THEATRE icon and community television pioneer Anthony “Tony” Hall who passed away in Tobago on Monday has been described as a “fierce warrior” in the building of “a Caribbean civilization.”
President of the World Association for Christian Communication (WACC) Embert Charles said on Tuesday that Hall was a “foundation stone” in a media space in the Caribbean.
Charles said, “We remember Tony Hall as another foundation stone in the building of a Caribbean media space where our people were being empowered to get inside ‘de people TV.’
“Beneath his mask of Caribbean conviviality and warmth, along with Christopher Laird, Bruce Paddington, Ken Crosbie and others, Tony was a fierce warrior for the building of a Caribbean civilization.
“Tony was a Caribbean man and he lived that life. WACC joins the respective Caribbean families in celebrating the life of Tony.
“We recall his engagement is pioneering television productions such as And The Dish Ran Away With the Spoon, Late night Lime, his own plays and the expansive repertoire of Banyan and Gayelle TV.
“We were honoured to share in his life. The journey to reclaim our communications and cultural rights continues. Like the Black Stalin said, We cyan turn back now.”
Born on July 16, 1948, he was known for his work in theatre and the screen.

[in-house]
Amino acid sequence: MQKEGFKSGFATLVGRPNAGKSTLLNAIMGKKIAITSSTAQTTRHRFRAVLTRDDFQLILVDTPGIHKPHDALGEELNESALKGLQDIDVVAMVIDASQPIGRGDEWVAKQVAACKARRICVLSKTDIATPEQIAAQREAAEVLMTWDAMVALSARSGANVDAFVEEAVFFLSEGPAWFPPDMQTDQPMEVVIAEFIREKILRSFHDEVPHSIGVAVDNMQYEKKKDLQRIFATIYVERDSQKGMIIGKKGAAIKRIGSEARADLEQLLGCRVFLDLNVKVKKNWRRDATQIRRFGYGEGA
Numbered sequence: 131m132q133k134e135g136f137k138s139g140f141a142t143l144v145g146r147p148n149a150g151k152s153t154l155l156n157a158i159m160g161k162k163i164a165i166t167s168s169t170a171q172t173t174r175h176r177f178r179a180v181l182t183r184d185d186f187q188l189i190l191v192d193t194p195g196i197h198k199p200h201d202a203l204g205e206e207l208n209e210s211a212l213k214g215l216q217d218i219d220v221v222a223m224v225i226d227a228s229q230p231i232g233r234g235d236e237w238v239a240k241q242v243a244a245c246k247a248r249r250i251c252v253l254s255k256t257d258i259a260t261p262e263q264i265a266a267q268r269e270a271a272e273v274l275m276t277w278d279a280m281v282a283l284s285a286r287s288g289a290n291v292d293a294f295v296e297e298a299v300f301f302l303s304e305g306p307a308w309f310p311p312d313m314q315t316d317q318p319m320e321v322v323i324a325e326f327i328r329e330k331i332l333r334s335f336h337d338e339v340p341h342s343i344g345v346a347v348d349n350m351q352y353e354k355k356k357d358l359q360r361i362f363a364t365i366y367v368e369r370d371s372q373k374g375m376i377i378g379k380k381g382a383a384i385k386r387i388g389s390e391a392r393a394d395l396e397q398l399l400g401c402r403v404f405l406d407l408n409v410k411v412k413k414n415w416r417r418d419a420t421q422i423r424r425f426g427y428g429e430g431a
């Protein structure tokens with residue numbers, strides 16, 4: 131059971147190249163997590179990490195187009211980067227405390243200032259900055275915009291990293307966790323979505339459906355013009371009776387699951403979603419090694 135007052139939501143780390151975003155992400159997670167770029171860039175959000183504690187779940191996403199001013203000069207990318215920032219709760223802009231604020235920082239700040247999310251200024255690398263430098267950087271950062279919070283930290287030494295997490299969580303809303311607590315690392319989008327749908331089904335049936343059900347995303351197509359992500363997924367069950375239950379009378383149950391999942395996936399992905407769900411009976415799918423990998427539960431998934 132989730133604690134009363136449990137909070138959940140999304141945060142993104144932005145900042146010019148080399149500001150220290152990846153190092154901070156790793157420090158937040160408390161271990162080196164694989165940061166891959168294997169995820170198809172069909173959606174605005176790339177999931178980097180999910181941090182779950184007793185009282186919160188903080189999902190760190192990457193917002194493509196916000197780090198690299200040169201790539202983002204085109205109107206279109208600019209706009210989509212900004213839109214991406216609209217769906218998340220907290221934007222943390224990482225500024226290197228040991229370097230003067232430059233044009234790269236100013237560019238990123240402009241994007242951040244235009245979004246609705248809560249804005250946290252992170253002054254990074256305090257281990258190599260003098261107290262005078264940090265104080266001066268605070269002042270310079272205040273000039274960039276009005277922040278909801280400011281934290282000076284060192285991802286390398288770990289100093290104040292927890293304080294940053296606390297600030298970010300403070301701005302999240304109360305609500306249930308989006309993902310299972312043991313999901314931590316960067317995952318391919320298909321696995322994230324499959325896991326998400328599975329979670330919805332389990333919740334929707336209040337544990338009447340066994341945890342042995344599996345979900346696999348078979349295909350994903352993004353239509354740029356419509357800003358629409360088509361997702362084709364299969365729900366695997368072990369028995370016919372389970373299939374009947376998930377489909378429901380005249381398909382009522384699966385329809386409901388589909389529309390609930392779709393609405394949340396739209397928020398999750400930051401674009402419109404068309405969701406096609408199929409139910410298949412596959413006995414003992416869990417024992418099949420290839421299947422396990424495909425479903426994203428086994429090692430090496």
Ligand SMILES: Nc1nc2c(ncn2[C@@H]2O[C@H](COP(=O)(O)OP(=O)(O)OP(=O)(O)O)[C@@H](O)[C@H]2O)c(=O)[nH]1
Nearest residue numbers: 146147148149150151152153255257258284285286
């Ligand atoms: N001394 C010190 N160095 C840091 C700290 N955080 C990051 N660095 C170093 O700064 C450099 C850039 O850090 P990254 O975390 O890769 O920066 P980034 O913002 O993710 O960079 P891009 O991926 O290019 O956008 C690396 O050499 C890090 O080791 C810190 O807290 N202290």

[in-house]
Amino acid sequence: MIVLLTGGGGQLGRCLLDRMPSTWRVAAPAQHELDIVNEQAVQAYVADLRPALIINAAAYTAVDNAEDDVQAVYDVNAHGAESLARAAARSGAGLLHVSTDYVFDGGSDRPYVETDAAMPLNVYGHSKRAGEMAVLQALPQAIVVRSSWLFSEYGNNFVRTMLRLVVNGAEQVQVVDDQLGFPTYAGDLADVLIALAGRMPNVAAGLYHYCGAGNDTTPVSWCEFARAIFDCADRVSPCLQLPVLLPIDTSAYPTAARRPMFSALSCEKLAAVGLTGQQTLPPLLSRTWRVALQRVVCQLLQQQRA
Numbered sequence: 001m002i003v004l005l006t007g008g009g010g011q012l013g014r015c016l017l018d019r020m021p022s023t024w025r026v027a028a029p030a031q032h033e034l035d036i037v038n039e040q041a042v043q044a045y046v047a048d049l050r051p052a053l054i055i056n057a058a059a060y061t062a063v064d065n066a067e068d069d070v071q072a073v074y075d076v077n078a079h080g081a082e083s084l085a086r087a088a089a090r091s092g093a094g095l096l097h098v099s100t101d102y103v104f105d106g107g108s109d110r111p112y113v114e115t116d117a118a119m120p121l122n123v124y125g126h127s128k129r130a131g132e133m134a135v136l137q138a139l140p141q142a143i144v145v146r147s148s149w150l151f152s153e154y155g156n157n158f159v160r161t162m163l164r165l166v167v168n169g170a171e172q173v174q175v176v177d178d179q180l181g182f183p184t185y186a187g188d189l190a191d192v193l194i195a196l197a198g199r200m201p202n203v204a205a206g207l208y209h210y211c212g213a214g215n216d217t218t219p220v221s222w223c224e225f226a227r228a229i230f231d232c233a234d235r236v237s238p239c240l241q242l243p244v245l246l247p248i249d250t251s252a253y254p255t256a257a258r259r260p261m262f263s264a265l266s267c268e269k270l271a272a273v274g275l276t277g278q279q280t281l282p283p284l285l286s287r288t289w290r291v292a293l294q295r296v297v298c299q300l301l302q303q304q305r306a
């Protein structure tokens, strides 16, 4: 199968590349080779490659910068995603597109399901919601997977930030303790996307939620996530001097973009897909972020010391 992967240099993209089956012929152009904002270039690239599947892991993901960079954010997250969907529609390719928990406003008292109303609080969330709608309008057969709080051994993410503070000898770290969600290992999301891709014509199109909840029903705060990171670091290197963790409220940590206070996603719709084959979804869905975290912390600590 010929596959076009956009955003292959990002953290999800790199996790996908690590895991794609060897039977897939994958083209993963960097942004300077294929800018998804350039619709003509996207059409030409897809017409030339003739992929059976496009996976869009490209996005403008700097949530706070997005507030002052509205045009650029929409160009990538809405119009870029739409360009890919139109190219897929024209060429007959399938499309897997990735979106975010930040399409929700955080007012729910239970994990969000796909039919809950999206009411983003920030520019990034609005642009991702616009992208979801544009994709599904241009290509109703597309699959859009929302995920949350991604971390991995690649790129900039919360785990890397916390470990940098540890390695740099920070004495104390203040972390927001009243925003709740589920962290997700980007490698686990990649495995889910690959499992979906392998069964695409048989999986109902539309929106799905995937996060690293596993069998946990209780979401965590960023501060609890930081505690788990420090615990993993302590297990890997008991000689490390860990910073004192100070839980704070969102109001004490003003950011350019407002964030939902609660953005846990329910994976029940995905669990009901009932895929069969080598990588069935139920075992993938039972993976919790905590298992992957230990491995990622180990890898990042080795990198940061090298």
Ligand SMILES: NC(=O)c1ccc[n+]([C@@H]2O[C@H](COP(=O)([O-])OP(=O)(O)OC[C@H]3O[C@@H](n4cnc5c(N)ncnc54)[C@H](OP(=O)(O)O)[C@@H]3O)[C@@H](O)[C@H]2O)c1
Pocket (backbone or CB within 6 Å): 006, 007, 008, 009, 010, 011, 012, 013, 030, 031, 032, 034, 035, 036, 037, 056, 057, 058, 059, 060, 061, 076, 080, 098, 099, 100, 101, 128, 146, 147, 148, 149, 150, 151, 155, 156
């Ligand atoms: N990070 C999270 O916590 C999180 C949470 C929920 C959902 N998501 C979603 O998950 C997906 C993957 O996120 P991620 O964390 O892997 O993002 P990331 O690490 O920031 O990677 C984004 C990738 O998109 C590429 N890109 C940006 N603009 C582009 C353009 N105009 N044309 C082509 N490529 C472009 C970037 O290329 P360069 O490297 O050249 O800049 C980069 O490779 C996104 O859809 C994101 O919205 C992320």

Hall founded the Lord Street Theatre Company with Errol Fabien and was also associated with Banyan House which produced a number of documentaries, indigenous soap operas and television dramas.
He passed away at the age of 71 in Tobago where he lived after suffering a massive heart attack.
On its Facebook page the Trinidad Theatre Workshop recognised Hall for his pioneering work on local television and theatre both inside and outside Trinidad and Tobago.
Fabien also paid tribute on Facebook, saying, “I did not bawl at all when I get the call about Hall. But I wanted to fall, crawl, climb ah wall, call Paul and tell him he modda come.”
Fellow playwright and actor Wendell Etienne also posted that many of the conversations he had with Hall were “about life, theatre, carnival and calypso…often all interwoven in one conversation.”
Making reference to the current stay at home measures due to Covid-19, Etienne said, “The sting of Tony’s passing is now in the inability to give him ‘A good theatrical send off!’ I can’t meet my colleagues and hold them close and find a way to navigate this. In this time of social distancing I appreciate now, more than ever, the opportunities I have to befriend some of our nation’s greatest heroes.
“Rest In Peace my friend…Walk good Tony, walk good…”
Hall’s works included critically acclaimed plays such as Jean and Dinah (Who Have Been Locked Away in a World Famous Calypso, Since 1956, Speak Their Minds Publicly) and Miss Miles, Woman of the World that starred Cecilia Salazar.
Hall, who attended Naparima College in San Fernando, also worked on Gayelle The Channel, now Gayelle The Caribbean founded by Fabien and Christopher Laird.
He also attained a Bachelor’s degree in drama and education from the University of Alberta (1969-73), Edmonton, Canada and a diploma in film and advanced television production
Hall was the bother of Dennis “Sprangalang” Hall and leaves to mourn his wife Mary and two children.